Nestled amidst the leafy suburban enclave of Serpentine Avenue is the gateway to a place of worship and communal gathering for Ireland’s Sikh community. The Temple of Gurdwara Guru Nanak Darbar is not awash with adornments or signs that demand attention.
The same building has been known as The Ritz, the Oscar Theatre, O’Neills Picture House, and The Astoria in its time. The Oscar theatre was bought in 1986 and since then it has been a Gurdwara Sahib. This now-modest venue is kept ready and waiting by volunteer devotees for those who wish to come and pray and meditate in the way of the Guru’s instructions of centuries past.
Sikhism, explains Kamal Deep Singh, “has its roots in the teachings of the 10 Gurus,” who lived in the 15th to 18th centuries. The teachings they laid forth have been solidified into a sacred text called Guru Granth Sahib, which Sikhs regard as the revelation of God.
When entering the main hall of the Gurdwara, the central piece and focus is the covered sacred text of Guru Granth Sahib.
As many people might be aware, Sikhs are quite distinguishable from other religious followers with their distinctive beards and turban (Dastaar). There are 5 ‘Ks’ that Sikhs observe at all times. One of these – Kesh – is not to cut their hair. Kamal explains that this is related to acceptance. “We don’t cut any of our hair because He’s the perfect creator. There is no need to alter myself to look better. I have to believe that what God has given me is good. If you have greed you go further to an extent.”
According to Singh, people have assumed Sikhs are Muslims or Hindus, due to the turban (or dastaar), even though followers of Islam or Hinduism do not wear the turban as part of their religious practice. Sikhism is quite distinct from these religions.
One of the central pillars of Sikhism established by the Sikh Gurus is the practice of Naam Jaap (or Naam Japo) – contemplation and meditation on the words of the Guru Granth Sahib – as an essential means to harness Godly qualities and merge back with the creator. ‘God’ is not a figure as might be portrayed by Christianity or Judaism.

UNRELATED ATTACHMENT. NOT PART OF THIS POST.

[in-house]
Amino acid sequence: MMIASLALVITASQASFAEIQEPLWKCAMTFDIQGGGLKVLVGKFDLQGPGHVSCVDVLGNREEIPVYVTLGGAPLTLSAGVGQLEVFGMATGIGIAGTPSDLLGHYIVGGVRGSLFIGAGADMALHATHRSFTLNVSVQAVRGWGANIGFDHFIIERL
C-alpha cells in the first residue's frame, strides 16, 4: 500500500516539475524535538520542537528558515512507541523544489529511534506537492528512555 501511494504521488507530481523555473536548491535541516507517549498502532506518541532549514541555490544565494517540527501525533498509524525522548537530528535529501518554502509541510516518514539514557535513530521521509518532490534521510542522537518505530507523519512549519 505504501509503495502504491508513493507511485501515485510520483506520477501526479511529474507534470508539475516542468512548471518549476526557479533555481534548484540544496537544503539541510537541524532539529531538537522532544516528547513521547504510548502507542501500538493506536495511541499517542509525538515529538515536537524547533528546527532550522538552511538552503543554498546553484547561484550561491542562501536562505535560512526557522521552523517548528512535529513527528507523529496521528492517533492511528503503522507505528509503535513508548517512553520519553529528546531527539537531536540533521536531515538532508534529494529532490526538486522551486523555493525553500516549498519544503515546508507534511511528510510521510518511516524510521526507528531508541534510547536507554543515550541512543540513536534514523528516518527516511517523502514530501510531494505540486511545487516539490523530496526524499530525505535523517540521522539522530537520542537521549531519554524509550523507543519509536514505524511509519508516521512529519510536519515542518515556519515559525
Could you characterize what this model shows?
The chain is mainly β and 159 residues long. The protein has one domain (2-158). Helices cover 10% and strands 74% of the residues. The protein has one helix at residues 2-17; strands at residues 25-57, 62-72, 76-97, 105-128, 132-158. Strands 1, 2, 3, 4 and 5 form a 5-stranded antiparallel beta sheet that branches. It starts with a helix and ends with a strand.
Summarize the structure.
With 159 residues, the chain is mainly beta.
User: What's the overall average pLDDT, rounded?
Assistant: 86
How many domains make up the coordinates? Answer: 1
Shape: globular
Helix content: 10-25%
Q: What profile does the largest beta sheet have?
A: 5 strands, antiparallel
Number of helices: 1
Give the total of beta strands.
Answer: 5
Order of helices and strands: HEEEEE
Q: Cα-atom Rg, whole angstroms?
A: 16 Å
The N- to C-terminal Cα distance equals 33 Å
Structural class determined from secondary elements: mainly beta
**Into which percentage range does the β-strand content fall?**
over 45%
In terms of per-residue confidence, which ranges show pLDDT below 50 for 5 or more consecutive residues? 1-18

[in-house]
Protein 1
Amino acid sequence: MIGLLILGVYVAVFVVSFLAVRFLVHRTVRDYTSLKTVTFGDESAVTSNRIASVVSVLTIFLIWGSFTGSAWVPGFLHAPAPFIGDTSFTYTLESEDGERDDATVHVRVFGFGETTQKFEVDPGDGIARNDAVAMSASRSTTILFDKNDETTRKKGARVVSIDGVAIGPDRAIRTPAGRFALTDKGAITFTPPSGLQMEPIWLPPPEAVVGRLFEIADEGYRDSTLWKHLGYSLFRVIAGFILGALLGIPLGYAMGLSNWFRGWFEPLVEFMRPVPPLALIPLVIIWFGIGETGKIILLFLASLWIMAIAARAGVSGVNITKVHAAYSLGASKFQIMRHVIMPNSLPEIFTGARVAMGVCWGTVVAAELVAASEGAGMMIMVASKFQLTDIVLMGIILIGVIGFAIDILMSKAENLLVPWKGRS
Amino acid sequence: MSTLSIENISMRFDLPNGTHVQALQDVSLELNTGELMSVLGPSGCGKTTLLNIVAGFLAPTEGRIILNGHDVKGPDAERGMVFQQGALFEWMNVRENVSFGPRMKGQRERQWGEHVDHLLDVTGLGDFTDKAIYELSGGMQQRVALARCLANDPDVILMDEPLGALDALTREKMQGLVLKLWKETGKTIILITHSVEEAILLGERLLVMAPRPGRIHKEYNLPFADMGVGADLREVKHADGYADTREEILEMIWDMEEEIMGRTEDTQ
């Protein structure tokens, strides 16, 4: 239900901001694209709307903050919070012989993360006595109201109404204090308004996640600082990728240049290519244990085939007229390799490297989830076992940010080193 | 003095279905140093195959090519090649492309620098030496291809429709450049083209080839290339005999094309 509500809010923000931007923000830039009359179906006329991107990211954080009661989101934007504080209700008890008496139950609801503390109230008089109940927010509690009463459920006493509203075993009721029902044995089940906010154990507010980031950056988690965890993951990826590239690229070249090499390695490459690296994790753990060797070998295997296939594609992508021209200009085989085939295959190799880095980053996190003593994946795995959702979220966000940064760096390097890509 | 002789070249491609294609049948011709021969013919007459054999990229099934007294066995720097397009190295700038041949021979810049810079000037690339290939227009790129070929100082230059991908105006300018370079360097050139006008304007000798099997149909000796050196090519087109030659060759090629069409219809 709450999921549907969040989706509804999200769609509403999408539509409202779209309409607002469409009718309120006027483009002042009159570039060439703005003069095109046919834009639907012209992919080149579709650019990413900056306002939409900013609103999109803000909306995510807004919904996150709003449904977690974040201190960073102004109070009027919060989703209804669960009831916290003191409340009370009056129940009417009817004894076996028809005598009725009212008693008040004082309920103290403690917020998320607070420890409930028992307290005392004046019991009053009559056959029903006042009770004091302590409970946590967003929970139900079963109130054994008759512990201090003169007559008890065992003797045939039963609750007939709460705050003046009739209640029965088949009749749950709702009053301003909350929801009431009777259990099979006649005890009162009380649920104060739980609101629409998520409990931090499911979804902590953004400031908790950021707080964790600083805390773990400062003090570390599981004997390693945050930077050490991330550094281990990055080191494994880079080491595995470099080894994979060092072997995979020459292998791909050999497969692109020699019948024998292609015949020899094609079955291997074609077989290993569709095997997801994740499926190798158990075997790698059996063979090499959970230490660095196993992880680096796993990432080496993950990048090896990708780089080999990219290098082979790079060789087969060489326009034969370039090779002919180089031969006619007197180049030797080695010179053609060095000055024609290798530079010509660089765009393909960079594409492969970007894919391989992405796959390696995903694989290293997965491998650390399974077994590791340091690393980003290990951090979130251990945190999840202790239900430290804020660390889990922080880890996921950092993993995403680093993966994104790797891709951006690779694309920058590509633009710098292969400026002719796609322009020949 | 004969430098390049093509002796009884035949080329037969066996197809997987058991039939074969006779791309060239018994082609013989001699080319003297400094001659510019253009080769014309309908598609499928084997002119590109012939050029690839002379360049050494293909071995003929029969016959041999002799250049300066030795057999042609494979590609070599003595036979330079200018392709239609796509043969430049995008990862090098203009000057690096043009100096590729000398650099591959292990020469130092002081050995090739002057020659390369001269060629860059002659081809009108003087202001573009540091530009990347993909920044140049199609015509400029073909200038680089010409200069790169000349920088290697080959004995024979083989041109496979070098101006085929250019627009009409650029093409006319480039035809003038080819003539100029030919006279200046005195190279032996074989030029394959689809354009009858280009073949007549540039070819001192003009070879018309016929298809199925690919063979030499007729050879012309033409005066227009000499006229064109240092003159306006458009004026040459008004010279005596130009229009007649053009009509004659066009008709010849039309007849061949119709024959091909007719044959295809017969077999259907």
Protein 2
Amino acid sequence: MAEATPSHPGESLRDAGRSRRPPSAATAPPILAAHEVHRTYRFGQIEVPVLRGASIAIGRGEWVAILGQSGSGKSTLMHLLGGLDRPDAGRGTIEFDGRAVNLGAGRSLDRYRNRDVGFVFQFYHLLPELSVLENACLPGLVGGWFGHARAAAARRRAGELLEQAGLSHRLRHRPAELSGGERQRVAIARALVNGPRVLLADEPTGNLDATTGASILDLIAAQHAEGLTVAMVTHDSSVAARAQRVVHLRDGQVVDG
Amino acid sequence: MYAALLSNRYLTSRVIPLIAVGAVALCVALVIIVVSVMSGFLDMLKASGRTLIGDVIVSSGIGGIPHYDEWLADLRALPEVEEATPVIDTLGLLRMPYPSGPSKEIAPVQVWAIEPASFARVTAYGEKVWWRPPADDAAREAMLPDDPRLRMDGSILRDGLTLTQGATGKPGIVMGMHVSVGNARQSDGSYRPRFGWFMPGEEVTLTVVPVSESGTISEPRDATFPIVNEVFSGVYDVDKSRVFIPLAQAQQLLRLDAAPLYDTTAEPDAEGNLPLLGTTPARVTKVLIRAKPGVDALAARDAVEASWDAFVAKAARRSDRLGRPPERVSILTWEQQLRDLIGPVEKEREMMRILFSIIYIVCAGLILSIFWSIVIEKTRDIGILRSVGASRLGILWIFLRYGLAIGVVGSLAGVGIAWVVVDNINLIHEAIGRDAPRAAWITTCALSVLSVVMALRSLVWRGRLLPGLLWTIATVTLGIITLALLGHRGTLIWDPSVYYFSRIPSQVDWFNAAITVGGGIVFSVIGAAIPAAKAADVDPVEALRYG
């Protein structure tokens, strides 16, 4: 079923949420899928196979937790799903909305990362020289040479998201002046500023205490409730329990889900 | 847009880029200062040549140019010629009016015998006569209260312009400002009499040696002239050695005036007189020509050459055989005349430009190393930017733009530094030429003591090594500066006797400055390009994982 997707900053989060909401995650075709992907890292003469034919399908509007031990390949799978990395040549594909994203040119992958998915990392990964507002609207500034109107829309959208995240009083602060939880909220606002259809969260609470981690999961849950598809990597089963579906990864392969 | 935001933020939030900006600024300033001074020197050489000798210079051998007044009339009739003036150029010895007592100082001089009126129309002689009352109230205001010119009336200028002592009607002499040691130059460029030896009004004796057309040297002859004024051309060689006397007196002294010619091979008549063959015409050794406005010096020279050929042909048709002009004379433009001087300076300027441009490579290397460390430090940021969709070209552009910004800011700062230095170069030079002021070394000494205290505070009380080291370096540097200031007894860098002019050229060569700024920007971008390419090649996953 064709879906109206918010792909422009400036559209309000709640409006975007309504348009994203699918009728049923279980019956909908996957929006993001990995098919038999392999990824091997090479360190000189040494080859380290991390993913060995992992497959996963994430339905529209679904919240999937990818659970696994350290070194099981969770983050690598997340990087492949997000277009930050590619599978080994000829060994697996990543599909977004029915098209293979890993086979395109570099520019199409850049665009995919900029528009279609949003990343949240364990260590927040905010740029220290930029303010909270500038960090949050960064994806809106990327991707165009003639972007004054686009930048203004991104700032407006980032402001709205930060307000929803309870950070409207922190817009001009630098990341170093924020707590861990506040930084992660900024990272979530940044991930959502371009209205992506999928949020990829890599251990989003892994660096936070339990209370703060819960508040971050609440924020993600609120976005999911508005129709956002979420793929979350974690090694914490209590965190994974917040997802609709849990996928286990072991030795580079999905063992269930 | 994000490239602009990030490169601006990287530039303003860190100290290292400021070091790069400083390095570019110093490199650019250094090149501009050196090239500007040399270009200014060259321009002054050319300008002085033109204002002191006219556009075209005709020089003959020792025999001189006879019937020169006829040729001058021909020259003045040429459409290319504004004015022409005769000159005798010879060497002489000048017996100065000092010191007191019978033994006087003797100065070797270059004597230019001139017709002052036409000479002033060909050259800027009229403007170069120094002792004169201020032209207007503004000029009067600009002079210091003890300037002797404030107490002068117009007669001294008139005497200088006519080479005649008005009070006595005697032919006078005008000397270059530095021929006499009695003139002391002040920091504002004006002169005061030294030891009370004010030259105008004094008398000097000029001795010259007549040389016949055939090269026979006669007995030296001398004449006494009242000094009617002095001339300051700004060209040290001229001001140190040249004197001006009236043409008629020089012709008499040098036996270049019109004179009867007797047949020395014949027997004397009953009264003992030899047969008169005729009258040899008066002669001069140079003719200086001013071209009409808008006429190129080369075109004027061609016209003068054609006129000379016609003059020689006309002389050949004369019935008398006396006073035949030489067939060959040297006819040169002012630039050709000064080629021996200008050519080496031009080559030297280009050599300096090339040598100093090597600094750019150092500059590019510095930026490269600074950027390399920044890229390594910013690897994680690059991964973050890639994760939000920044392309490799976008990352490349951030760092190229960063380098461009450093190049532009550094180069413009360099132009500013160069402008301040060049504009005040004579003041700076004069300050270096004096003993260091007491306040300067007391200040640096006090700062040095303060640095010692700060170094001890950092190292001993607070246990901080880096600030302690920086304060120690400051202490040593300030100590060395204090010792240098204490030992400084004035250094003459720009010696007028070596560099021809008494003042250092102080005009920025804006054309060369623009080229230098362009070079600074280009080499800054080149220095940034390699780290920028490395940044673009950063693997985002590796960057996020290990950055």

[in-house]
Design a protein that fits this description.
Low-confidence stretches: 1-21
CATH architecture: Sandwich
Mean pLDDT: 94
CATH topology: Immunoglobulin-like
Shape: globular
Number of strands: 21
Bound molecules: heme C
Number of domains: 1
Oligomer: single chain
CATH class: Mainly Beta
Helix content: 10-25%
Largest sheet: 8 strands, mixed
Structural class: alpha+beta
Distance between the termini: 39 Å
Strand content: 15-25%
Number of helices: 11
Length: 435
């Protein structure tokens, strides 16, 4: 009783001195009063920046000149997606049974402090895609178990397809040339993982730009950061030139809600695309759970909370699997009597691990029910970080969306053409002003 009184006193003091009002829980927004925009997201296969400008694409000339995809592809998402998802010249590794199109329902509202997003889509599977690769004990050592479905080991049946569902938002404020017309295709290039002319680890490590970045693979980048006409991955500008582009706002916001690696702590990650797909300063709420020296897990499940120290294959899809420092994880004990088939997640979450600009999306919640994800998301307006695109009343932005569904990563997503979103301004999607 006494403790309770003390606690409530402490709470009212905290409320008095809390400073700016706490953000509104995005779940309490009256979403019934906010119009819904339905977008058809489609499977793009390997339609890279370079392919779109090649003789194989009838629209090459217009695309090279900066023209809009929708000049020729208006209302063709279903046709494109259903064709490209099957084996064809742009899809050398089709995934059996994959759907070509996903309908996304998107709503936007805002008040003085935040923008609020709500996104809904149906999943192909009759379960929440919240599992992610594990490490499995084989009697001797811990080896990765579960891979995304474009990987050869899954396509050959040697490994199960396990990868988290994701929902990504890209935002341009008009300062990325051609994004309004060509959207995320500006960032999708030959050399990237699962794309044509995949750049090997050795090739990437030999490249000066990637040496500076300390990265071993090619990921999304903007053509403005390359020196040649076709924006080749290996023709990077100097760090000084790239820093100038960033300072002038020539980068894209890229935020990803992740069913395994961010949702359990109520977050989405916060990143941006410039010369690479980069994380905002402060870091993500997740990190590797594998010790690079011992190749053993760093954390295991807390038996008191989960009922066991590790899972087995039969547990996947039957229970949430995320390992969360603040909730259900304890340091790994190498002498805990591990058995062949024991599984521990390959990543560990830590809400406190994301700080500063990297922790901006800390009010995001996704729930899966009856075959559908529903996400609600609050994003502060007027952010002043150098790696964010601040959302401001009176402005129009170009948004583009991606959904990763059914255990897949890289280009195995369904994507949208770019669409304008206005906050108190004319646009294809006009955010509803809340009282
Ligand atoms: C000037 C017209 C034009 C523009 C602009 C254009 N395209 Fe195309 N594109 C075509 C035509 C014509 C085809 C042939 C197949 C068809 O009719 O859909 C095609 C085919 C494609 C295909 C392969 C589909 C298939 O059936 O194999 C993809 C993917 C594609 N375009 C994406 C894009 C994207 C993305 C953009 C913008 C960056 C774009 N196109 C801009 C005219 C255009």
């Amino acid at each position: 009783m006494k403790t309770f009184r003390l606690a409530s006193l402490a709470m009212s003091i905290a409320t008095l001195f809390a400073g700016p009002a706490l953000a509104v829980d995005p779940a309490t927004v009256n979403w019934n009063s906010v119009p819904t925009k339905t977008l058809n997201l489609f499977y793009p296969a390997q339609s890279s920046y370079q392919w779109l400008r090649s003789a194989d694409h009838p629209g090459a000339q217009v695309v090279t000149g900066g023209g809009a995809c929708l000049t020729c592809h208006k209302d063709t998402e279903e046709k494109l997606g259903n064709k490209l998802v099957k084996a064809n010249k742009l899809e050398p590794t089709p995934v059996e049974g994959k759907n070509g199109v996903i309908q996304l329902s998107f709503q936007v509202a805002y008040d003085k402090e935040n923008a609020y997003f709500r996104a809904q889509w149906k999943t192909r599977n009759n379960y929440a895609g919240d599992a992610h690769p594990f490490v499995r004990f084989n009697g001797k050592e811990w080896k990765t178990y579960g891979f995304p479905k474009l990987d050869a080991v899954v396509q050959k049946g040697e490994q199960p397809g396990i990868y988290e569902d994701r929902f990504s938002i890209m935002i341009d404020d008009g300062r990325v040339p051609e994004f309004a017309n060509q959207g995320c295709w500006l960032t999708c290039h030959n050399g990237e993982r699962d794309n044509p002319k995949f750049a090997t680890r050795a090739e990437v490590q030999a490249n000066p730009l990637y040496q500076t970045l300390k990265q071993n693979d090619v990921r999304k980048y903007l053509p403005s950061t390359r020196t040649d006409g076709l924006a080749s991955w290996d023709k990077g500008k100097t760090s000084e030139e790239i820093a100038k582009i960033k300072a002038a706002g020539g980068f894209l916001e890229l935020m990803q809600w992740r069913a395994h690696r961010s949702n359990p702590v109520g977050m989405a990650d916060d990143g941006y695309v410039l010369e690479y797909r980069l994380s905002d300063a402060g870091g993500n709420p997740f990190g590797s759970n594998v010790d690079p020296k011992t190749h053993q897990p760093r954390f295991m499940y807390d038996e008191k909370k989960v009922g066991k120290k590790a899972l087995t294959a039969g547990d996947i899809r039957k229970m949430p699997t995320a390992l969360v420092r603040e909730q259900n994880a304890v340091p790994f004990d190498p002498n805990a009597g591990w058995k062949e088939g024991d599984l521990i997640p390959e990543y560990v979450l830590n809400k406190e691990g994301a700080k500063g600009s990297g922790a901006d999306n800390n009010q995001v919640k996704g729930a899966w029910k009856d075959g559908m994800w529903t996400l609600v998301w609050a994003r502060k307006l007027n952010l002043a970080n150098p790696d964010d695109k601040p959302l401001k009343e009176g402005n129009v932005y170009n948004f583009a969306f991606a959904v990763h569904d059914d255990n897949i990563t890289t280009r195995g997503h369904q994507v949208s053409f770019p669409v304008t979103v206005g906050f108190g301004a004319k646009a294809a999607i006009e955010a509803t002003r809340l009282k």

Rather it is formless, omnipotent, and all pervading. The religious aim of a Sikh is to come to understand this ‘God’ directly by contemplation and good living.
Singh explains that the Sikh community have plans for a free meals service for the homeless. They are seeking help on making this happen, perhaps starting for a day or two per week at first. When asked about the funding about this initiative, Singh explains that when something of this nature is initiated the community responds. “By God’s grace, the congregation would respond positively. If such a good deed was done they never say no.”
Those who have heard of the Golden Temple, in Amritsar, India might know of the 24-hour feeding practices conducted there. Any visitor who arrives at the Golden Temple will be fed a meal, as they can partake in the free community kitchen and meal (Langar) that is a hallmark of all Sikh Gurdwaras worldwide. This same practice includes the Gurdwara of Sandymount, where anyone may visit and partake of the offer of a meal.
Singh explains the plan to NewsFour to expand this offering so that the Sikh community can help the homeless of Dublin. His initial enquiries have not yet borne fruit on the regulation about this service but they are actively seeking help and partners on how they could make this happen.
By Ferg Hayden